Dorothea Lange - Photojournalist and originator of documentary photography
Mary Lyon - Teacher focused on STEM training for women. Founded Wheaton College and Mount Holyoke College. Provided education to the poor.
Wilma Mankiller - First woman chief of the Cherokee Nation. Improved relations between the US Federal government and Cherokee.
Barbara McClintock - Cytogeneticist and winner of the Nobel Prize in Physiology or Medicine.
Patsy Mink - First woman of color and the first Asian American woman elected to Congress, first Asian American to seek the presidential nomination
Lucretia Mott - Pacifist, women’s rights activist, abolitionist, and writer of the Declaration of Sentiments
Madalyn Murray O’Hair - Activist for atheism. Stopped Bible-reading in schools.
Carrie Nation - Radical member of the temperance movement. Fan of hatchets.
Flannery O’Connor - Southern Gothic writer of Complete Stories, 1972 National Book Award for Fiction.
Georgia O’Keeffe - Artist, “Mother of American Modernism”. Most expensive painting by a woman in the world.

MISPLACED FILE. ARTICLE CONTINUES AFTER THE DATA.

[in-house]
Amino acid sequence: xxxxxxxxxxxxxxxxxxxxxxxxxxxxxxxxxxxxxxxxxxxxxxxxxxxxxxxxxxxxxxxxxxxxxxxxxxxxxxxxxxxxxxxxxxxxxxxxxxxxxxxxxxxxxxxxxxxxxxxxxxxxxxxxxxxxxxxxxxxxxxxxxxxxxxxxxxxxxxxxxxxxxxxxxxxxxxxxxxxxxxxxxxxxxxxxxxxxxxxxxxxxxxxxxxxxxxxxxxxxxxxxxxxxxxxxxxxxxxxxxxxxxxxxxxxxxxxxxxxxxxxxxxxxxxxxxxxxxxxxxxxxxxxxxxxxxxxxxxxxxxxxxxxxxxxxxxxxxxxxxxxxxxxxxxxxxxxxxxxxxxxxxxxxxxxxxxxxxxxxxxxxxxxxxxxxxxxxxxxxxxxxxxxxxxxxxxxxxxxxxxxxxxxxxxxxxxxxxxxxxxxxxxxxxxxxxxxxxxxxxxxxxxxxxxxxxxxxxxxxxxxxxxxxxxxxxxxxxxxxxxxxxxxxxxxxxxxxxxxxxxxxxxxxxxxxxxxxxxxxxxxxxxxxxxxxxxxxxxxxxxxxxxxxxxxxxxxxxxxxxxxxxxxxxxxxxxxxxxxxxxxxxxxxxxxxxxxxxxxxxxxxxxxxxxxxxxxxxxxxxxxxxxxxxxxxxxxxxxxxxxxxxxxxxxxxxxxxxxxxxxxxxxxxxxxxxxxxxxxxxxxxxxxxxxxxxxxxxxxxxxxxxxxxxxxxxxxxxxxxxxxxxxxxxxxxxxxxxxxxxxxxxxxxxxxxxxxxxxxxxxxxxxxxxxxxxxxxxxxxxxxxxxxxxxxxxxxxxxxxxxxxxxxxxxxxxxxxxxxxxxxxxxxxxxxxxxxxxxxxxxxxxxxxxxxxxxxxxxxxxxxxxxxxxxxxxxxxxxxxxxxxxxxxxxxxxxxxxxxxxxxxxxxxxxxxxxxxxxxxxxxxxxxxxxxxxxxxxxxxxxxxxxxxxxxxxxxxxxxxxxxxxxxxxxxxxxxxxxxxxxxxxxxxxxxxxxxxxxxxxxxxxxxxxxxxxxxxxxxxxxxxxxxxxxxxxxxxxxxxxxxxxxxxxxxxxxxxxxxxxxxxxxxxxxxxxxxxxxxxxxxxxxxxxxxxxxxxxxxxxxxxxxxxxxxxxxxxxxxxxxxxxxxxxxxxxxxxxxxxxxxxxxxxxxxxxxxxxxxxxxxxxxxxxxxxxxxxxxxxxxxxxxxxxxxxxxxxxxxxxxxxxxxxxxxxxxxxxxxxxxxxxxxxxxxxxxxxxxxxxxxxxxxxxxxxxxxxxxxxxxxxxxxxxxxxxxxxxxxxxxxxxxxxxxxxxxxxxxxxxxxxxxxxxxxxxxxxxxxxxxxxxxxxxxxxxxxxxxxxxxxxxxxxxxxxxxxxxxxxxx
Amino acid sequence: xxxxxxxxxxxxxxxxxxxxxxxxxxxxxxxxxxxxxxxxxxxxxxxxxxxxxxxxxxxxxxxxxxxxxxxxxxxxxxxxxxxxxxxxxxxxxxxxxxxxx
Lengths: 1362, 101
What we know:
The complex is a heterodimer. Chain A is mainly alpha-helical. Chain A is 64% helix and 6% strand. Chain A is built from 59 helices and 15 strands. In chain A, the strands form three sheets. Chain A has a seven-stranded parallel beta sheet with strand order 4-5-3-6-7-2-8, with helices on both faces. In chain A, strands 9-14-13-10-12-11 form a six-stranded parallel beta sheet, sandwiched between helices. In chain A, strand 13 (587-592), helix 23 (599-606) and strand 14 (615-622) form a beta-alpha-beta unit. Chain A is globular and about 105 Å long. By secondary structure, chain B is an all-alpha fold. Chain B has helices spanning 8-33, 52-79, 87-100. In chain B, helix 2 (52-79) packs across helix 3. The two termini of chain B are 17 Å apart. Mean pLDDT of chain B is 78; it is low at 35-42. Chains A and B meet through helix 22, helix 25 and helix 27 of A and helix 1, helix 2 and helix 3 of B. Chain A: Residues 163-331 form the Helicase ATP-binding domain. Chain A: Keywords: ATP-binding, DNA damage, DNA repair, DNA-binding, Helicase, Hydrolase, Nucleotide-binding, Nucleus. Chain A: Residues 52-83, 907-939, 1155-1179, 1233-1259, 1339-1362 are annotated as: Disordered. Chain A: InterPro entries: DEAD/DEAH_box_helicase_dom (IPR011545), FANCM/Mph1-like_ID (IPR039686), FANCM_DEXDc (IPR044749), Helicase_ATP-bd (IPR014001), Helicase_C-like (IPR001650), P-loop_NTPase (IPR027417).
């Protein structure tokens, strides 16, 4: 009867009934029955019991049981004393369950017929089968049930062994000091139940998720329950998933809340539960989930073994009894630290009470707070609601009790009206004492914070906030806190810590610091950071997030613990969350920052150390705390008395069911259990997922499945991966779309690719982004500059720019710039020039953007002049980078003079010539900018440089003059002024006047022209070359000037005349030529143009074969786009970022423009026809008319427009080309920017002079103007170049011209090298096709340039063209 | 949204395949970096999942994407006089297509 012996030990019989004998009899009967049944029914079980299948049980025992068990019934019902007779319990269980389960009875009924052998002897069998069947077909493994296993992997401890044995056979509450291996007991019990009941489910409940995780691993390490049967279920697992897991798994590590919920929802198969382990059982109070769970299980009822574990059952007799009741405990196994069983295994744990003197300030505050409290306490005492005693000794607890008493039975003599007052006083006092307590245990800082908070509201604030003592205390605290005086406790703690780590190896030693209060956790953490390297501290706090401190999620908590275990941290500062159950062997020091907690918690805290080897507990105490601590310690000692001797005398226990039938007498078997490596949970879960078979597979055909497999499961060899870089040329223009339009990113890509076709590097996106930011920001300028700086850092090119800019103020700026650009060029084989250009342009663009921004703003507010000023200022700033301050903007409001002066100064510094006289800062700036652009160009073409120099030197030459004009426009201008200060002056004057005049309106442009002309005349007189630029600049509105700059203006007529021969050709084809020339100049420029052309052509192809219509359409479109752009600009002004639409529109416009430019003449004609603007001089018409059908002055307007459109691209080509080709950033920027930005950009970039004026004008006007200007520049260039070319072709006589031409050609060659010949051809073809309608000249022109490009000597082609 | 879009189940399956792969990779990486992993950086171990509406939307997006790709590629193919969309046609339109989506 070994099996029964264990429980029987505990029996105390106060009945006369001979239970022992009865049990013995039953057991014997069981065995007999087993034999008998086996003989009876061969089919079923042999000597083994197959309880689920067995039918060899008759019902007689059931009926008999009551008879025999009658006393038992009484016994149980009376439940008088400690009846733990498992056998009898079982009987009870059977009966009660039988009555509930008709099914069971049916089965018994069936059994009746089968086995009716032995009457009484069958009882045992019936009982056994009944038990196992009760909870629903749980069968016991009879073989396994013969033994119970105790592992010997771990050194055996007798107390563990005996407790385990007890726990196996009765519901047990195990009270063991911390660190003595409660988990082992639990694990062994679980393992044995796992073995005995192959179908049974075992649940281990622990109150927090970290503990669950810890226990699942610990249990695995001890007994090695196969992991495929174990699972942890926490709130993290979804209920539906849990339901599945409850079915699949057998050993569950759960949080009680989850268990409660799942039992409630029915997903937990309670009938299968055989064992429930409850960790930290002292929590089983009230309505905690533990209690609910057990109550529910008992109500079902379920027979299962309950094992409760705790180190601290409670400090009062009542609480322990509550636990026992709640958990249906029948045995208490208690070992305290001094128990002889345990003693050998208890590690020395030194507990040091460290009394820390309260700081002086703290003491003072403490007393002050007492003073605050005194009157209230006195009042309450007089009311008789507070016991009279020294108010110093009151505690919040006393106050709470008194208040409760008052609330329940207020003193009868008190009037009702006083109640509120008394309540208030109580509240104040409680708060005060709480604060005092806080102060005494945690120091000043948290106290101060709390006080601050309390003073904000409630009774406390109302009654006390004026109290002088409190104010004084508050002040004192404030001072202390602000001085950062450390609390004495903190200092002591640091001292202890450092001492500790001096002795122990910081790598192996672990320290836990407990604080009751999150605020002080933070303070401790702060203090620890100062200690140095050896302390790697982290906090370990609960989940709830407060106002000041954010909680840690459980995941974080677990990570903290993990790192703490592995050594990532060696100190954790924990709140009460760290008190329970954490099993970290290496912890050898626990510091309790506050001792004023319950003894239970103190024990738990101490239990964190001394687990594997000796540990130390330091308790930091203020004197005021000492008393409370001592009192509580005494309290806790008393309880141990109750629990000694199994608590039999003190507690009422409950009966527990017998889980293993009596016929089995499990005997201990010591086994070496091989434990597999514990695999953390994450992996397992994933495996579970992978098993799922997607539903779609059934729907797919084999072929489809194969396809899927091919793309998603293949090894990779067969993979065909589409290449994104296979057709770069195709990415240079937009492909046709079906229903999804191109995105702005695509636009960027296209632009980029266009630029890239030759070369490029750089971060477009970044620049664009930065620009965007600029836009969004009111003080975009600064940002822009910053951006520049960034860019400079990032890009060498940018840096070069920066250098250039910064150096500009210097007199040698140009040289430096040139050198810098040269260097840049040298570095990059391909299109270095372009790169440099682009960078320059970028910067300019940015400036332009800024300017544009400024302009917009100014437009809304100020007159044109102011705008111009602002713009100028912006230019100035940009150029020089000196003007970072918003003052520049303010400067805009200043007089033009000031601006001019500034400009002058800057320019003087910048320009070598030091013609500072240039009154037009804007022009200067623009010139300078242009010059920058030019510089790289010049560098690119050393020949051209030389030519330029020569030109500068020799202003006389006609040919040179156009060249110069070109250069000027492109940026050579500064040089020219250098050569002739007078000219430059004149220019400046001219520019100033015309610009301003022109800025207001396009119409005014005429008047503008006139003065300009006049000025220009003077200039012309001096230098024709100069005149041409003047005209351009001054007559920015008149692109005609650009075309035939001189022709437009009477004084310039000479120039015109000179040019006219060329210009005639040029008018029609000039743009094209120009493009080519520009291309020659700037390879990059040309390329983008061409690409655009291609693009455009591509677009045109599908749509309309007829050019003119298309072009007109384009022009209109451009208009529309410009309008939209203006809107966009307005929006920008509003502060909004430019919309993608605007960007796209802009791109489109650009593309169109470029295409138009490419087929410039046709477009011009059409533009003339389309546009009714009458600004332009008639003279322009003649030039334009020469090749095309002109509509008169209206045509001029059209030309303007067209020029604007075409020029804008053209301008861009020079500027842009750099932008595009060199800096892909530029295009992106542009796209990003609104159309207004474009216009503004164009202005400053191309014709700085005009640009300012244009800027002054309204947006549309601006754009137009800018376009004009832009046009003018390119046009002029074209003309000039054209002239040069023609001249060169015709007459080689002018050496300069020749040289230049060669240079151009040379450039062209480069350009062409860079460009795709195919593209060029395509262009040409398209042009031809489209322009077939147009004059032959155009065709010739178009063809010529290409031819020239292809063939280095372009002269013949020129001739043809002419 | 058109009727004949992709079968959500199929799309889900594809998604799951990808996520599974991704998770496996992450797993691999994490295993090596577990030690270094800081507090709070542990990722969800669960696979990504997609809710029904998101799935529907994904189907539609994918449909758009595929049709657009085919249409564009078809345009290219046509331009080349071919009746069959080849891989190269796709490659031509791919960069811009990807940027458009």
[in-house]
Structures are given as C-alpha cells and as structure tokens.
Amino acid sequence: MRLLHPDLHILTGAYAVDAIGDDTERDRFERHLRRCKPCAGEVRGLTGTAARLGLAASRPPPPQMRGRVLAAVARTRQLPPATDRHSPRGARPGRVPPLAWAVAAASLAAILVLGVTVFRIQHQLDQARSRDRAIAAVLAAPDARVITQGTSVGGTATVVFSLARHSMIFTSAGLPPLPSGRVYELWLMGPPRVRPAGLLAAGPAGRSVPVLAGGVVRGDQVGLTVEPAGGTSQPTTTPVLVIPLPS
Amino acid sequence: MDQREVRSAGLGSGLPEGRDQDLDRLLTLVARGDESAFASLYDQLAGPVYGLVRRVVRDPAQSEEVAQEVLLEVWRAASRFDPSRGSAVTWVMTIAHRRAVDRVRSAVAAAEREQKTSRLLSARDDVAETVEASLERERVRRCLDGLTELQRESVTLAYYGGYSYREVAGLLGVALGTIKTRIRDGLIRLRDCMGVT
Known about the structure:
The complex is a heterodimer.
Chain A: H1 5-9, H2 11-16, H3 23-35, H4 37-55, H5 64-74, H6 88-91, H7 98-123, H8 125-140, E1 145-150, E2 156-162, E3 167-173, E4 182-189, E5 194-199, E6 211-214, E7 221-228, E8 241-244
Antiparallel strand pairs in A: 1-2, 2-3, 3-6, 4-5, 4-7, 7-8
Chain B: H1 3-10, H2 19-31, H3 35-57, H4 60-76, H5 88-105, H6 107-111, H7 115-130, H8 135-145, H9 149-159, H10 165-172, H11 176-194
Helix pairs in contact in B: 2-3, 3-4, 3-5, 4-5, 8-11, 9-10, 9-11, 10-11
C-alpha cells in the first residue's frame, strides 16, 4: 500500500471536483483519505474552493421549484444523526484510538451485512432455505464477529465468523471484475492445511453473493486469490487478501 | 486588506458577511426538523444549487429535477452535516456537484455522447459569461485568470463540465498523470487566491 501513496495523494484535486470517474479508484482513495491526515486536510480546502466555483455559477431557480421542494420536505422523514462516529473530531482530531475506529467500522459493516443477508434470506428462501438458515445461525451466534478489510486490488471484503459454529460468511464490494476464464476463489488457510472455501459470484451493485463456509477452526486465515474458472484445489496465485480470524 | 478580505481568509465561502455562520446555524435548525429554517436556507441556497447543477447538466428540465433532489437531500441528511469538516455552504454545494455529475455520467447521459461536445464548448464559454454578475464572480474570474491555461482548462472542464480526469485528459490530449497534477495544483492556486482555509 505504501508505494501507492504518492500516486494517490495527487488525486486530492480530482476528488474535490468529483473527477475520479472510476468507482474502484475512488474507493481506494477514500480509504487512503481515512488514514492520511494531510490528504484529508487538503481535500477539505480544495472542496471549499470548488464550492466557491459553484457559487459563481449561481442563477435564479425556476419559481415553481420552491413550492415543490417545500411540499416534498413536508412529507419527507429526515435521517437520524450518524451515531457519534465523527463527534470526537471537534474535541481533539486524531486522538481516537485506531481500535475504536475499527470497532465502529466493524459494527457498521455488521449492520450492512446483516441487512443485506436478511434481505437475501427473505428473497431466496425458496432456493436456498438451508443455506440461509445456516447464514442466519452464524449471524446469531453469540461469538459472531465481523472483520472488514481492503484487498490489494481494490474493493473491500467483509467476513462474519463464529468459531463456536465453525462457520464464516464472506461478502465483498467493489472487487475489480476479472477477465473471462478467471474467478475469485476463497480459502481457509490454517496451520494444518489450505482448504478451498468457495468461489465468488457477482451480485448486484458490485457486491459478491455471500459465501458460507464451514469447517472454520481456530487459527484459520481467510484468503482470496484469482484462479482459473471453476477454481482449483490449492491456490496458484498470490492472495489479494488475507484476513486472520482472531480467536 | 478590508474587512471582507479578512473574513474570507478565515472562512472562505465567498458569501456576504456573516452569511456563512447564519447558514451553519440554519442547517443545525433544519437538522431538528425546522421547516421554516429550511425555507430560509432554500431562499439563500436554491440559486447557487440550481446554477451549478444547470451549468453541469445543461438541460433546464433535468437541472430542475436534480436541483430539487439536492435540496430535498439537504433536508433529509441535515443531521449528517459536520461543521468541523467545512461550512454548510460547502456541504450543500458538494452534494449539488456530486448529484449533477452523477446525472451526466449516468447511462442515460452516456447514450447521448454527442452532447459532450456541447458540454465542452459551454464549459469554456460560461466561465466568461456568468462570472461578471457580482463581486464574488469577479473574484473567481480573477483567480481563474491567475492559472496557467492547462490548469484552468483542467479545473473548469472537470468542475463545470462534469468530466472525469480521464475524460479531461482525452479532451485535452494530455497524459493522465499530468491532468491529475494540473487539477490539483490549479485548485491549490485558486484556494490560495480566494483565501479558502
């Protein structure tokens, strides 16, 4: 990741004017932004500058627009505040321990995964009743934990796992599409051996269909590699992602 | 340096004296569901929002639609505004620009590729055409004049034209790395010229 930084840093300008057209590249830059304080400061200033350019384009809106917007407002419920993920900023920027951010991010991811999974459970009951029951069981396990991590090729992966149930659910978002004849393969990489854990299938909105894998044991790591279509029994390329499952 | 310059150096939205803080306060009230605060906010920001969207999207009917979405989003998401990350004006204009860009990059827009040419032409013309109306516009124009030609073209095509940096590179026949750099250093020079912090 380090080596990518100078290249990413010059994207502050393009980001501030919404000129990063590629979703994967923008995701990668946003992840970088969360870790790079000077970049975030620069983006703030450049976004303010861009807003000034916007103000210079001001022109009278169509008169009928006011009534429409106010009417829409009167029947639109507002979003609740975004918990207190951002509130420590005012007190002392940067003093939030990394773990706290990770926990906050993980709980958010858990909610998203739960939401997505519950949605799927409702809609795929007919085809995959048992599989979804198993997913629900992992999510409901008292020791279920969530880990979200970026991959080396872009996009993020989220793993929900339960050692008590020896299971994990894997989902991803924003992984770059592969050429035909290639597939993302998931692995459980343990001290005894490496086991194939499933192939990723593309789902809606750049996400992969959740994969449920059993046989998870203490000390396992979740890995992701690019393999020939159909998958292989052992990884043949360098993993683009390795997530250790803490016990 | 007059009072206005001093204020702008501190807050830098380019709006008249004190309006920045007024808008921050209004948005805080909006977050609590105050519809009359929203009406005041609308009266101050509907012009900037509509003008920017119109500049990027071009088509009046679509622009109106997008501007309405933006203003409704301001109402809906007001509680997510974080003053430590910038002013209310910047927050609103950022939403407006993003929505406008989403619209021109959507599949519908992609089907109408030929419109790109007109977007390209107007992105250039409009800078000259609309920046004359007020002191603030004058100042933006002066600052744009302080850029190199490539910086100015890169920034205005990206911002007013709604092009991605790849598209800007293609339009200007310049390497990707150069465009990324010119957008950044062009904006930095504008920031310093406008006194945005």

Annie Oakley - Sharpshooter and entertainer from the Wild West. Promoted women in the military and womens self defense.
Dorothy Parker - Editor for The New Yoker, poet and wit, nominee for the Academy Award for Screenplays.
Rosa Parks - Activist, symbol of the Civil Rights Movement
Alice Paul - Principal champion of the 19th Amendment
Frances Perkins - Secretary of Labor, first woman appointed to the US Cabinet, executor of the New Deal
Florence Price - First African American woman to be recognized as a symphonic composer and have her music played by a major orchestra.
Marion Pritchard - Worked with the Dutch underground movement against the Nazis, estimated to have saved 150 lives through her work
Jeannette Rankin - First woman to hold Federal office, serving two terms in the House of Representatives
Sally Ride - Physicist and astronaut. First American woman in space.
Eleanor Roosevelt - Longest serving First Lady, first chair of the UN Commission on Human Rights
Betsy Ross - Creator of the American flag
Deborah Sampson - Served (in disguise) as part of the Continental Army during the Revolutionary War
Margaret Sanger - (More-or-less) founder of Planned Parenthood
Susan Sontag - Essayist, writer and filmmaker, teacher and political activist